NEW YORK — Directors Guild of America officials, authorized to call the first strike in the union's 51-year history, said Friday that they're going back to the bargaining table but promised that there will be a walkout if management doesn't prove "reasonable."
The threat, which if carried out could badly cripple the motion-picture and TV industry, came from DGA President Gilbert Cates, whose union voted overwhelmingly this week to reject the most recent contract offers by TV and motion-picture producers and the three major TV networks.
The guild's 8,500 members don't want a strike, he said, but "we will unquestionably resort to it if we don't get some more reasonable conversation from our employers." He declined to set a deadline, however.
Carol Akiyama, senior vice president of the Alliance of Motion Picture and Television Producers, with whom the DGA has been negotiating, said that the alliance had not made its final contract offer, even though that was what a DGA spokesman had called it.
She said that the alliance was "somewhat puzzled" that the guild sought and got a strike authorization vote, since her group had not had time to study counterproposals the union had made early Wednesday, just hours before its first membership vote in Los Angeles.
However, she said, "we are looking forward to resuming negotiations this Sunday to continue our brainstorming on the major economic issues that separate us." She referred to a scheduled 10 a.m. (PDT) Sunday session at alliance headquarters in Sherman Oaks, Calif.
Speaking at a news conference at DGA offices here Friday, Cates and other guild officials sounded what is becoming a common theme of entertainment labor: that conglomerates with a bottom-line mentality and no understanding of the problems of entertainment workers have taken over in show business.
Elia Kazan, a veteran director who won an Oscar in 1954 for a classic film about labor, "On the Waterfront," sharply criticized the new breed of corporate executive in Hollywood. He said the moguls of yesteryear, while tough, were far more understanding.
"We all used to make fun of Jack Warner, Harry Cohn and even L. B. Mayer," he said. "But I think those fellows . . . realized how important everybody in a (film) crew was." The new breed, he said, "don't know what the hell picture-making is . . . and the result is a demoralization and anger."
Cates described the situation as a battle between unions and the "greed and desire" of American conglomerates "to wring the very last dollar possible from their businesses at the expense" of those who've spent decades to make "very modest gains" in the industry.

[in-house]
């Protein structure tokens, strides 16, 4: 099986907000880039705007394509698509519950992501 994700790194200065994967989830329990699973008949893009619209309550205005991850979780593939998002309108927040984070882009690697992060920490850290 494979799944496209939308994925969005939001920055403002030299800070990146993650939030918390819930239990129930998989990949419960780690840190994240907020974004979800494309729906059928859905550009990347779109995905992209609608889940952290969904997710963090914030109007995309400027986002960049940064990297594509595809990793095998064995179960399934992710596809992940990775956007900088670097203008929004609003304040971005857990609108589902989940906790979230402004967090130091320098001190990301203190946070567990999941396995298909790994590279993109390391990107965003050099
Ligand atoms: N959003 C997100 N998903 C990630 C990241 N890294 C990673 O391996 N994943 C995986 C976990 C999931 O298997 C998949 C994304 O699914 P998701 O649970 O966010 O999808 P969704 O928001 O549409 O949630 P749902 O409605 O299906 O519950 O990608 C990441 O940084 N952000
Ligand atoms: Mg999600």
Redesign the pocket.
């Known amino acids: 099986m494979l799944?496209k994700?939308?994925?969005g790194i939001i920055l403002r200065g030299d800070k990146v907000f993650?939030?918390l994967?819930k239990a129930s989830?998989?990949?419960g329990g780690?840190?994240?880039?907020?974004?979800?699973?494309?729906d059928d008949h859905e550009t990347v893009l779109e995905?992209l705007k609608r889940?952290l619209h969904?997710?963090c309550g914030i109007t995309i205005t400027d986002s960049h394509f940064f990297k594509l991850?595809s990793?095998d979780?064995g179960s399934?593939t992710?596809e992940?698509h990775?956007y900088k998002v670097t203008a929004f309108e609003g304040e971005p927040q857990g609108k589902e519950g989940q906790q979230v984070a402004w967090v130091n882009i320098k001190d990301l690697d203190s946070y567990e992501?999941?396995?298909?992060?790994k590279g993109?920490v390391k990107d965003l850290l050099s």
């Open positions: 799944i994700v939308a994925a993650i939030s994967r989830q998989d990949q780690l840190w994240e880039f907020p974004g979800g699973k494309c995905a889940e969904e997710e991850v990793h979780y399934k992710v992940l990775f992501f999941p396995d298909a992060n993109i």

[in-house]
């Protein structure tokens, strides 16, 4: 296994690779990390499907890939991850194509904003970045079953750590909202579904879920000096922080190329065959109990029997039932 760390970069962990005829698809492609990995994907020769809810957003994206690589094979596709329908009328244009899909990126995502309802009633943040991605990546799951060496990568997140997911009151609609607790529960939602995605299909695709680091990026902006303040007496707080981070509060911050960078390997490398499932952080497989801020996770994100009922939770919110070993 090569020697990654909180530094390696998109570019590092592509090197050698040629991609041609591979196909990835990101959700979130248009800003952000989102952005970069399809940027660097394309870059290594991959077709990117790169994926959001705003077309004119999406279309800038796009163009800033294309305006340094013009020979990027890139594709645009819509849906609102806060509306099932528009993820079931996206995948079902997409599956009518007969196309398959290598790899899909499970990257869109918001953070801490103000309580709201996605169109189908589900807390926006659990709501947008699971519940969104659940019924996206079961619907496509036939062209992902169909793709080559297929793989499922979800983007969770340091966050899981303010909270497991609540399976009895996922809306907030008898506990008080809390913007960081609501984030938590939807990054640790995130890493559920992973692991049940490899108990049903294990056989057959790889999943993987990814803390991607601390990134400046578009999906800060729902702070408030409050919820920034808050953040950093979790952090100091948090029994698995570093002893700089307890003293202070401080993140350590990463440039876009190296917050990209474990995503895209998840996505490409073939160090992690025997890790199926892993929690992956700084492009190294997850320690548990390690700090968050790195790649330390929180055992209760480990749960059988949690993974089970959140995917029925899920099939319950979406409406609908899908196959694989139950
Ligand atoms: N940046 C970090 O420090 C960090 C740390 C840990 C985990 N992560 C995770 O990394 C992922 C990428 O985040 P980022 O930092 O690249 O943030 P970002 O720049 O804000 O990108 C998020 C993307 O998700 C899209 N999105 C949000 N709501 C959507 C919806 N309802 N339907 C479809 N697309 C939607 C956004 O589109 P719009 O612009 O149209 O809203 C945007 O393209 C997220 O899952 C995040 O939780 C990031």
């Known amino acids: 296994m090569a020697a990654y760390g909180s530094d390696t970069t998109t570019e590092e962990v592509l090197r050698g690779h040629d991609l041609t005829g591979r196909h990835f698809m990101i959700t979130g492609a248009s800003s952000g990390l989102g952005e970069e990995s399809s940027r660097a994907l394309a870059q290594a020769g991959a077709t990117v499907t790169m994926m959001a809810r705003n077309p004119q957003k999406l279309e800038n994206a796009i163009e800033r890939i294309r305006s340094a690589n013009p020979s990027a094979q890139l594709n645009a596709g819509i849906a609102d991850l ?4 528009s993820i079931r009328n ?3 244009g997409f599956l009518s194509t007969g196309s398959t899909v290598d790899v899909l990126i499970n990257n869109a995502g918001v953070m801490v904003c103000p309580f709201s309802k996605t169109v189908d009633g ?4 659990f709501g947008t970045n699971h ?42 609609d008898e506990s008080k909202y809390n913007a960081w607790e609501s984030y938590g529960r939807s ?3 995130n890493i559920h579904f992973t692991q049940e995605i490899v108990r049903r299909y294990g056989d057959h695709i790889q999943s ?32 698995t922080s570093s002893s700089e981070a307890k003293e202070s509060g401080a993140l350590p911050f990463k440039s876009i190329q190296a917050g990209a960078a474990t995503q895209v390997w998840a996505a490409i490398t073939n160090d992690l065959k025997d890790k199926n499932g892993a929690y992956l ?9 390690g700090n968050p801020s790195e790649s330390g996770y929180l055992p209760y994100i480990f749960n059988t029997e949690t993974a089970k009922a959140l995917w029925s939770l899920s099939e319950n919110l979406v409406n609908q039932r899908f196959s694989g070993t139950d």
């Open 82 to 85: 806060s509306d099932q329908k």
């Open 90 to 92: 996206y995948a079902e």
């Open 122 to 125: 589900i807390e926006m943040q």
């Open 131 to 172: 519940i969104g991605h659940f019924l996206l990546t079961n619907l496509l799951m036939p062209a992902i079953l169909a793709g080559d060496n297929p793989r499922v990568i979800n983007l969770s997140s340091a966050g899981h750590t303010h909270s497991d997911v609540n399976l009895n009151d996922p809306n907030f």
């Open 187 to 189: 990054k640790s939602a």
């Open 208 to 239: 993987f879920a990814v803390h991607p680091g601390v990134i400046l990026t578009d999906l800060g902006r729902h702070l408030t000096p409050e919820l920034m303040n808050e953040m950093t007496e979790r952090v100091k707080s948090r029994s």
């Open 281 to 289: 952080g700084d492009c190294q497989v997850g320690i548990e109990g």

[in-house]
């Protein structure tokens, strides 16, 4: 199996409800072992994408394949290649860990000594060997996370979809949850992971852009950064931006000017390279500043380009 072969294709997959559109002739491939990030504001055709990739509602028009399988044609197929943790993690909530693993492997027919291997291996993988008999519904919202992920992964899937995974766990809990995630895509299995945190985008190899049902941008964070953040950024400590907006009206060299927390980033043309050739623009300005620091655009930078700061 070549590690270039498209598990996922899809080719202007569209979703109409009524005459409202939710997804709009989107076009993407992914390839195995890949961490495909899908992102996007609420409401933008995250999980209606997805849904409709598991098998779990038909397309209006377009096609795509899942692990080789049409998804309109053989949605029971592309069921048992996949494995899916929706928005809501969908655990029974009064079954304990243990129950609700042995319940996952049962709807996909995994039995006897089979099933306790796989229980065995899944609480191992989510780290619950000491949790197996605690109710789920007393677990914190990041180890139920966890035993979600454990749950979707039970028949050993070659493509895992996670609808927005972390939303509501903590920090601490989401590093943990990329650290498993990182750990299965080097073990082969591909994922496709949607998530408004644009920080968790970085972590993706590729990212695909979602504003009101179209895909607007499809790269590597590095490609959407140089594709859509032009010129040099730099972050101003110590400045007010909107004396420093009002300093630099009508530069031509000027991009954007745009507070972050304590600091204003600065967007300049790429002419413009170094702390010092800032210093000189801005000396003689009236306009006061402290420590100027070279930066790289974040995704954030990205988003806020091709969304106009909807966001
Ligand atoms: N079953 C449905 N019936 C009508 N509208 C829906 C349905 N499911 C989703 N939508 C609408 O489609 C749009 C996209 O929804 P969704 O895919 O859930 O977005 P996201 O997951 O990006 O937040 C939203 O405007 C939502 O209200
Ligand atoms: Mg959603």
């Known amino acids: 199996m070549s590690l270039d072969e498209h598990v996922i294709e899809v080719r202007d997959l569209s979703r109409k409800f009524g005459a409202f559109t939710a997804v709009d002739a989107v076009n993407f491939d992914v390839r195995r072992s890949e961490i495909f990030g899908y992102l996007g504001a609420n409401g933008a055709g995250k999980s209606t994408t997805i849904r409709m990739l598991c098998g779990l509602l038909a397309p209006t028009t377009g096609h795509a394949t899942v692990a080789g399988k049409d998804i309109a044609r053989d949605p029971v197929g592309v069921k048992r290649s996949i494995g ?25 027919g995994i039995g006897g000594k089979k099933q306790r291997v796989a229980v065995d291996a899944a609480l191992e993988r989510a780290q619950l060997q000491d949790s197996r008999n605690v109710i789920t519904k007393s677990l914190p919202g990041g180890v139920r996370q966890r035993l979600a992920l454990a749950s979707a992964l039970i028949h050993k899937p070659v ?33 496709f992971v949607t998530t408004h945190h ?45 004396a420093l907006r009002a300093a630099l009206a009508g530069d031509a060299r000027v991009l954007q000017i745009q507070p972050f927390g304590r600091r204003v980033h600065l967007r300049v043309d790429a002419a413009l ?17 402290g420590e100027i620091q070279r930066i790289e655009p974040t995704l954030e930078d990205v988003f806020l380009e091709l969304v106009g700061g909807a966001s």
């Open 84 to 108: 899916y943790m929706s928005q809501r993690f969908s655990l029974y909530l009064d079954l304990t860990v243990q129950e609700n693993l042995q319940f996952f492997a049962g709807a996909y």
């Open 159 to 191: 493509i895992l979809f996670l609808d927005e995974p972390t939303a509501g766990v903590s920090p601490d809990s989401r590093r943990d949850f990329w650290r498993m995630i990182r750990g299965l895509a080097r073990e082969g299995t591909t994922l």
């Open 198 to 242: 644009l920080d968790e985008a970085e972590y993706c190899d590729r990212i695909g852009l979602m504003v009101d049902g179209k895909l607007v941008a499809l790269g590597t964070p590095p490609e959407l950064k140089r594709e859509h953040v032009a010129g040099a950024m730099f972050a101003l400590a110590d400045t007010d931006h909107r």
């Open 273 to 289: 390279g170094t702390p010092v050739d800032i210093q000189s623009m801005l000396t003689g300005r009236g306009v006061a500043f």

Two contracts talks with the Directors Guild are involved in the current dispute. One with the alliance covers more than 200 film and TV producers, including the major studios--with network officials participating in the negotiations, but not as alliance members.
The second affects about 1,000 staff directors and other DGA members at NBC, CBS and ABC, most of whom work in news and sports, and at the 14 TV stations that those companies own.
Although guild leaders refused to give an East Coast-West Coast breakdown of membership voting, they said that the membership voted 3,294 to 132 against the alliance's proposals, and 602 to 148 against the network proposals in balloting Wednesday and Thursday.
The previous guild contracts expired at midnight Tuesday, but guild members are continuing work, pending developments.
Major issues in the producers' proposals involve reductions in residual payments to directors for films and TV shows that have ancillary sales in the home-video, pay-TV and syndication markets.
The major issues in the network talks, according to Max Schindler, an NBC director and a guild negotiator, include seniority and jurisdiction. He said that the networks are seeking to assign DGA jobs to "non-represented"--that is, non-union--employees.
No new talks with the networks are scheduled, but guild officials said that negotiations probably will resume next week.
"While we're of course disappointed with the vote, we look forward to the next meetings and hope we can resolve this matter with the best interest of each side in mind," said an NBC spokesman here, M. S. (Bud) Rukeyser.
A Directors Guild strike against the networks would doubly hamper NBC, where 2,800 members of the National Assn. of Broadcast Employees and Technicians went on strike Monday after the network put into effect a two-year contract that the union's leaders had rejected.
No new negotiations between NABET and NBC are scheduled, Art Kent, head of the union's New York local, said Friday. He described as "critical" the impact of the Directors Guild negotiations in helping his union when and if new talks with NBC are held.
"If, for example, we get back to the bargaining table before they (the DGA) settle theirs," he said, "yes, it will help us."
But if the directors and the networks resolve their differences before then, he said, "then we're in the same position as we were before. It's not going to make too much difference."
Directors Guild officials, to show solidarity with NABET, have refused interviews with NBC news crews, which formerly were manned by NABET members and now are staffed by management personnel. On Friday, a cameraman and soundman from NBC-owned WNBC-TV here were asked to leave before the guild's news conference began.